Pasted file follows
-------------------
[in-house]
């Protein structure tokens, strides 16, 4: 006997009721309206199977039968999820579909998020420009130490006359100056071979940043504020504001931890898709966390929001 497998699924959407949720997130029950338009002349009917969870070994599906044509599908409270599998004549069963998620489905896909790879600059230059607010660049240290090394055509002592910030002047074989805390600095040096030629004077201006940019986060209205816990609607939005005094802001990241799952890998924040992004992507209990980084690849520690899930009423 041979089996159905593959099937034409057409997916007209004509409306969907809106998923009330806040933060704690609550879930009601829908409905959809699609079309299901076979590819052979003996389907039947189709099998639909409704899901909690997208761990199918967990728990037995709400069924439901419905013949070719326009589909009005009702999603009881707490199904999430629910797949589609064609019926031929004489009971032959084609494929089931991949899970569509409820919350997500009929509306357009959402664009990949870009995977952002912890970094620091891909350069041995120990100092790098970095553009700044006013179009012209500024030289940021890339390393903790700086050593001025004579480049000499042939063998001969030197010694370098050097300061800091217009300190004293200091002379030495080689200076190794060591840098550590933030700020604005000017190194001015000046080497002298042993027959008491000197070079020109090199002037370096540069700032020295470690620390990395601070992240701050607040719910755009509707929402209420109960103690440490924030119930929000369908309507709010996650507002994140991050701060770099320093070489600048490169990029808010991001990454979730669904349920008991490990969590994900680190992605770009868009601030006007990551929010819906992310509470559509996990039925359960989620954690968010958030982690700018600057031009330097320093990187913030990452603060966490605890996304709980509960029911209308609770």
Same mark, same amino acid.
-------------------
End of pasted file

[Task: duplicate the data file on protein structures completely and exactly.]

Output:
[in-house]
């Protein structure tokens, strides 16, 4: 006997009721309206199977039968999820579909998020420009130490006359100056071979940043504020504001931890898709966390929001 497998699924959407949720997130029950338009002349009917969870070994599906044509599908409270599998004549069963998620489905896909790879600059230059607010660049240290090394055509002592910030002047074989805390600095040096030629004077201006940019986060209205816990609607939005005094802001990241799952890998924040992004992507209990980084690849520690899930009423 041979089996159905593959099937034409057409997916007209004509409306969907809106998923009330806040933060704690609550879930009601829908409905959809699609079309299901076979590819052979003996389907039947189709099998639909409704899901909690997208761990199918967990728990037995709400069924439901419905013949070719326009589909009005009702999603009881707490199904999430629910797949589609064609019926031929004489009971032959084609494929089931991949899970569509409820919350997500009929509306357009959402664009990949870009995977952002912890970094620091891909350069041995120990100092790098970095553009700044006013179009012209500024030289940021890339390393903790700086050593001025004579480049000499042939063998001969030197010694370098050097300061800091217009300190004293200091002379030495080689200076190794060591840098550590933030700020604005000017190194001015000046080497002298042993027959008491000197070079020109090199002037370096540069700032020295470690620390990395601070992240701050607040719910755009509707929402209420109960103690440490924030119930929000369908309507709010996650507002994140991050701060770099320093070489600048490169990029808010991001990454979730669904349920008991490990969590994900680190992605770009868009601030006007990551929010819906992310509470559509996990039925359960989620954690968010958030982690700018600057031009330097320093990187913030990452603060966490605890996304709980509960029911209308609770």
Same mark, same amino acid.